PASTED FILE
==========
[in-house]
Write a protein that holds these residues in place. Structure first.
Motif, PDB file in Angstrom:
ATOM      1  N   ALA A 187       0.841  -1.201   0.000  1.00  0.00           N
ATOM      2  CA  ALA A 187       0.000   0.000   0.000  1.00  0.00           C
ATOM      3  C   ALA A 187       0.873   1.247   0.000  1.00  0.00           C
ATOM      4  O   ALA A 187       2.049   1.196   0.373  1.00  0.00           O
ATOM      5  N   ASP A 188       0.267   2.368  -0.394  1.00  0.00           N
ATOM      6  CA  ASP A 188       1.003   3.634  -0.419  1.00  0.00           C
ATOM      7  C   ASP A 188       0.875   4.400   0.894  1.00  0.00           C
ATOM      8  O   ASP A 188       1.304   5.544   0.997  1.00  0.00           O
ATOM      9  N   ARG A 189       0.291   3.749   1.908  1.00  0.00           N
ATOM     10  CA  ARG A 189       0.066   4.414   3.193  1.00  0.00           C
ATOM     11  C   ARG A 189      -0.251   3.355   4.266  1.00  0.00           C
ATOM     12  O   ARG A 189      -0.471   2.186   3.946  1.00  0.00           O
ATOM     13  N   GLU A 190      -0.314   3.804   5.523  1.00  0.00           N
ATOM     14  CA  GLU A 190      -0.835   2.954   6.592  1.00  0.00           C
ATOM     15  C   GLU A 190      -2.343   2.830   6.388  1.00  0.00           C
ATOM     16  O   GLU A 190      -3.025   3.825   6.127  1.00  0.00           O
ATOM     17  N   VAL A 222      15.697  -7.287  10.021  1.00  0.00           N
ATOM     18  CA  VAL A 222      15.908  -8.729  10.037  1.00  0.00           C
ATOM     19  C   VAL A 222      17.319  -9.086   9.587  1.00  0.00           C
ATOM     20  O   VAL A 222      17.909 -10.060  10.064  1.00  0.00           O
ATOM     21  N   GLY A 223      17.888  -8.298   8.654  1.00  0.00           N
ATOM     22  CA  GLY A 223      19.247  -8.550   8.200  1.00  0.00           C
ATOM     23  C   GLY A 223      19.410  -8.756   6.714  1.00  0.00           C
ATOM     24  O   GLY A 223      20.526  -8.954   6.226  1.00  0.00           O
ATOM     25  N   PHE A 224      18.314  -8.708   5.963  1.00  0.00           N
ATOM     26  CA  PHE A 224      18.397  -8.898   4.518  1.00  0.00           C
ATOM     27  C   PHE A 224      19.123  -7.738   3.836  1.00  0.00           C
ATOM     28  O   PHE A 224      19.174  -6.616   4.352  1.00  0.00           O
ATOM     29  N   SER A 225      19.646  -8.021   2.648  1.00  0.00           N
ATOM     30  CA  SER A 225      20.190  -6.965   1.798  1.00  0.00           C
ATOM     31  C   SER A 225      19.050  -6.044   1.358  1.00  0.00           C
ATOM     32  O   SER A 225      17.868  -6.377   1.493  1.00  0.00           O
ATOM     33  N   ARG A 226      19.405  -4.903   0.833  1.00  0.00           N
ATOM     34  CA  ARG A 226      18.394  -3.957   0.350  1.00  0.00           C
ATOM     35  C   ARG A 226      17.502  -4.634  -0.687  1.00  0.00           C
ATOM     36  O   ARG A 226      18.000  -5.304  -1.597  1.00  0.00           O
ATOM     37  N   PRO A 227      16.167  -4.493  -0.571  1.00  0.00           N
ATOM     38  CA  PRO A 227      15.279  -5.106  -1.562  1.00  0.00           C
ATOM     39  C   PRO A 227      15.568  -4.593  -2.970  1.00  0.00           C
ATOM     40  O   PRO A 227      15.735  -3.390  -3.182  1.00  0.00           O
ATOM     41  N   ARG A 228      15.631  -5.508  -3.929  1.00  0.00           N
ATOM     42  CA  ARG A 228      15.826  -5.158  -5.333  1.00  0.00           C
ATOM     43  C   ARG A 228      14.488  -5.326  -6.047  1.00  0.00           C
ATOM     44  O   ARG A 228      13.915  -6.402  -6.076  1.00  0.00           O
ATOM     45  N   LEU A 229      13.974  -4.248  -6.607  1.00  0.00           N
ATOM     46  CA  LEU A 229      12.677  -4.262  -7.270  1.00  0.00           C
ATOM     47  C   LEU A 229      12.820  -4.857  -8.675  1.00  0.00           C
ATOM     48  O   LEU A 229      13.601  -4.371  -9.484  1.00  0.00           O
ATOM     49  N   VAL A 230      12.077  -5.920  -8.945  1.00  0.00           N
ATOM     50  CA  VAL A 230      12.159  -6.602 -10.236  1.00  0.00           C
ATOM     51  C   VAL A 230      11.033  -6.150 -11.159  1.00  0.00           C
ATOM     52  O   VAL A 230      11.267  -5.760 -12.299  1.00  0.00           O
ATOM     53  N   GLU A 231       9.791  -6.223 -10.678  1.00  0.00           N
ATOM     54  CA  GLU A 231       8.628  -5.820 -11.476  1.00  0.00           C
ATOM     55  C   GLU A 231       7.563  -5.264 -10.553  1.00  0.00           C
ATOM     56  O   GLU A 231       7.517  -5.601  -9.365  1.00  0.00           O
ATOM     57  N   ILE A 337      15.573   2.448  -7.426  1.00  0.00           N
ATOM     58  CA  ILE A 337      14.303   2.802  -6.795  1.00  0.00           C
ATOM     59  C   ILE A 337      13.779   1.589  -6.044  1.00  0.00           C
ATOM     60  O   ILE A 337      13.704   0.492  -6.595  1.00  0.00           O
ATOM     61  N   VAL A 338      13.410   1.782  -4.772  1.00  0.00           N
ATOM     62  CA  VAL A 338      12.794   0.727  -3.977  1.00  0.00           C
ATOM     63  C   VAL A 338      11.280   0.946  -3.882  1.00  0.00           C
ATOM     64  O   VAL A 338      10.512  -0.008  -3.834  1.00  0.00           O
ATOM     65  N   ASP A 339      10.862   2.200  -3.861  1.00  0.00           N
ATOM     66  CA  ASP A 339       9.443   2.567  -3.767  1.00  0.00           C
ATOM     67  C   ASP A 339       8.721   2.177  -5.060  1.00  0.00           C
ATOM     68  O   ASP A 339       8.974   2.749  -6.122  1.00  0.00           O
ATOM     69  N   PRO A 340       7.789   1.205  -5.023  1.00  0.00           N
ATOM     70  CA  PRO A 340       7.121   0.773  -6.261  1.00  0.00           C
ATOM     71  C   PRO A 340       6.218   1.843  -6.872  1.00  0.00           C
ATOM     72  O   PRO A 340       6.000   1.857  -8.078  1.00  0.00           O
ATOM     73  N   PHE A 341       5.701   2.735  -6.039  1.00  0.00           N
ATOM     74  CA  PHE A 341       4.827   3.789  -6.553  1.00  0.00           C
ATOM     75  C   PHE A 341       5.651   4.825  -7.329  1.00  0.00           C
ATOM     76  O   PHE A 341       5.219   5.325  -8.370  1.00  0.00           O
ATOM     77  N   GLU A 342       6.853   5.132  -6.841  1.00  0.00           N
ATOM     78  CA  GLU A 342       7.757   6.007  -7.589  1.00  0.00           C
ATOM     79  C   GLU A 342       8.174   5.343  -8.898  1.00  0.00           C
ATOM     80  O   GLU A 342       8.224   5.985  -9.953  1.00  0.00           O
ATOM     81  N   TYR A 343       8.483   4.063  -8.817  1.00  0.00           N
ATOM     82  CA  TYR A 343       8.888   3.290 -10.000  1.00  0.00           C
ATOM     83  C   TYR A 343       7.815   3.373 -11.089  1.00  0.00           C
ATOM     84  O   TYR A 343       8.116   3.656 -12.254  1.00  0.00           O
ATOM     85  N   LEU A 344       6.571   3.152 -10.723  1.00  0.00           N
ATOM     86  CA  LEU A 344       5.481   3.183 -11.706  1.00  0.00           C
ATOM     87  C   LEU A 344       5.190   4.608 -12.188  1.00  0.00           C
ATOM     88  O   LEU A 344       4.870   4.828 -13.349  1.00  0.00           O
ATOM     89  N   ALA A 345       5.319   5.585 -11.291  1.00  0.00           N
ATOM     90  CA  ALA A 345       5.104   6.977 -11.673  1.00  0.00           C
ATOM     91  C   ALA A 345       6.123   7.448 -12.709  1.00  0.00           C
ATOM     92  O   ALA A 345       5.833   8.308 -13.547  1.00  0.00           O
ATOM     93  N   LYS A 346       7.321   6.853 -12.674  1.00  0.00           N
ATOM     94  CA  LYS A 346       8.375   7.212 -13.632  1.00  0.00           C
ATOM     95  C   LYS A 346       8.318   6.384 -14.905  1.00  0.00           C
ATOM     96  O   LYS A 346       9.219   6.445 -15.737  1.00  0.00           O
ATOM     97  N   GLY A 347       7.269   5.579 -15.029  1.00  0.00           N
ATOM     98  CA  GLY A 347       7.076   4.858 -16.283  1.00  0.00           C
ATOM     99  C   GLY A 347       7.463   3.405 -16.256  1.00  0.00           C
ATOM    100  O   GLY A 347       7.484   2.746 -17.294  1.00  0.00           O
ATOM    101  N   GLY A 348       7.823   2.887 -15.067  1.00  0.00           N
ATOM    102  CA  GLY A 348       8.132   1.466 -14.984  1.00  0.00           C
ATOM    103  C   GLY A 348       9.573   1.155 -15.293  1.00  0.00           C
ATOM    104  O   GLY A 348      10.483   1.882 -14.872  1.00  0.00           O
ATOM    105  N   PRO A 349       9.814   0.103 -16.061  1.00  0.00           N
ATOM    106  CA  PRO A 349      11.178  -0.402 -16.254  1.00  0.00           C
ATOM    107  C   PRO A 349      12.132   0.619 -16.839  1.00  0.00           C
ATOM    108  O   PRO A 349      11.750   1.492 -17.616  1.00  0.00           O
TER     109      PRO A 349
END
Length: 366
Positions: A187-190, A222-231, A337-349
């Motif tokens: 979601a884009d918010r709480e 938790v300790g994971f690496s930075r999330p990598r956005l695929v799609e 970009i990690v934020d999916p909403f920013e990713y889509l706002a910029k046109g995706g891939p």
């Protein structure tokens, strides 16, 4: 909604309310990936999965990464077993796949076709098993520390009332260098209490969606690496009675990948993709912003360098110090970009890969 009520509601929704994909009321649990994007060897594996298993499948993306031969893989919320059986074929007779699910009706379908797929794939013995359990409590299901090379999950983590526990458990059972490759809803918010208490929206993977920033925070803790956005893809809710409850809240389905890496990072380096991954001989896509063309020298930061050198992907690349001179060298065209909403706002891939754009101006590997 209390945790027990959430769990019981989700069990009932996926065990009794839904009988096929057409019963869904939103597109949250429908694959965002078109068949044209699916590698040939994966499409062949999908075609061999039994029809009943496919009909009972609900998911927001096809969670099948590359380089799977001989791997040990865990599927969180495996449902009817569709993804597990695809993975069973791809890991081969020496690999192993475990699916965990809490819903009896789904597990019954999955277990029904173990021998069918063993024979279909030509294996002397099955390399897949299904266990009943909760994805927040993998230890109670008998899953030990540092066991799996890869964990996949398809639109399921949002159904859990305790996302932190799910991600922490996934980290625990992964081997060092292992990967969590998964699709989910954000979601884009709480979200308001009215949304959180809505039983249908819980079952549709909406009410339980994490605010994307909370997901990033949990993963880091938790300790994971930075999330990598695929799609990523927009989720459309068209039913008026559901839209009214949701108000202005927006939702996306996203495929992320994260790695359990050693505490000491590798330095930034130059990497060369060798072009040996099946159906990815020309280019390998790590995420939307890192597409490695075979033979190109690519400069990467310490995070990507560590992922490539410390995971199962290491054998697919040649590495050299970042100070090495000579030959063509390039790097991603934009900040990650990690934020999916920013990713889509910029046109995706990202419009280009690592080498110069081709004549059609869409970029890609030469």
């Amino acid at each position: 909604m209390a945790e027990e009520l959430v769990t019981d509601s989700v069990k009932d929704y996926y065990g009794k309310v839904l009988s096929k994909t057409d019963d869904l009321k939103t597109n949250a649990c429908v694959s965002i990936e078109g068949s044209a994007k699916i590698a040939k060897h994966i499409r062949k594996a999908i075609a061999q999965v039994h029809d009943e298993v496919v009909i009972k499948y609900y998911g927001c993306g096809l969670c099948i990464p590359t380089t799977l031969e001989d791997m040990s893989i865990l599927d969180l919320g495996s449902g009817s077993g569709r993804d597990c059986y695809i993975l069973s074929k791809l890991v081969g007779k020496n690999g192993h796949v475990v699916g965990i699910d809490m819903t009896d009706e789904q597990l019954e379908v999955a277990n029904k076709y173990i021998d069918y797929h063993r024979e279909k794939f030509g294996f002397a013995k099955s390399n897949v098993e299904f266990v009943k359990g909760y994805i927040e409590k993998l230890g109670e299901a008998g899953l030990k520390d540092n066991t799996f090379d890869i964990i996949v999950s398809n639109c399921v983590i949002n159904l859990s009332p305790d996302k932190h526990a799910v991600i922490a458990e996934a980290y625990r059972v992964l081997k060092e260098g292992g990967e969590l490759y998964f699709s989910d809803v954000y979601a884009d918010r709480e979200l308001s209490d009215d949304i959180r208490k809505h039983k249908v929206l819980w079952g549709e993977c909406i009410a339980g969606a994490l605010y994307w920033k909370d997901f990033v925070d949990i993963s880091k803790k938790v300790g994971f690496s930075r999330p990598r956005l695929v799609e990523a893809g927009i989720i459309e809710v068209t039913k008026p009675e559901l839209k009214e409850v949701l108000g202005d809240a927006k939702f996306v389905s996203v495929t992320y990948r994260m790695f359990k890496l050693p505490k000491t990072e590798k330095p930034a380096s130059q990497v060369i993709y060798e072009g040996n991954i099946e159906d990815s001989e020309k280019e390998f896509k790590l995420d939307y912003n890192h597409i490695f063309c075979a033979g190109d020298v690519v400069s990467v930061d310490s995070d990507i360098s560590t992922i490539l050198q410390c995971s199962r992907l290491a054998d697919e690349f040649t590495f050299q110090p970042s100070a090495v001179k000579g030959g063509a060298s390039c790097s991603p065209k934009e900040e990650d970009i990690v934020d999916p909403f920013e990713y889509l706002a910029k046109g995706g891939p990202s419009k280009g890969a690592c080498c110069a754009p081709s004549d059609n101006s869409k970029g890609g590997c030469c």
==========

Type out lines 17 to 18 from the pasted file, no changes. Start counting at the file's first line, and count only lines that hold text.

ATOM     14  CA  GLU A 190      -0.835   2.954   6.592  1.00  0.00           C
ATOM     15  C   GLU A 190      -2.343   2.830   6.388  1.00  0.00           C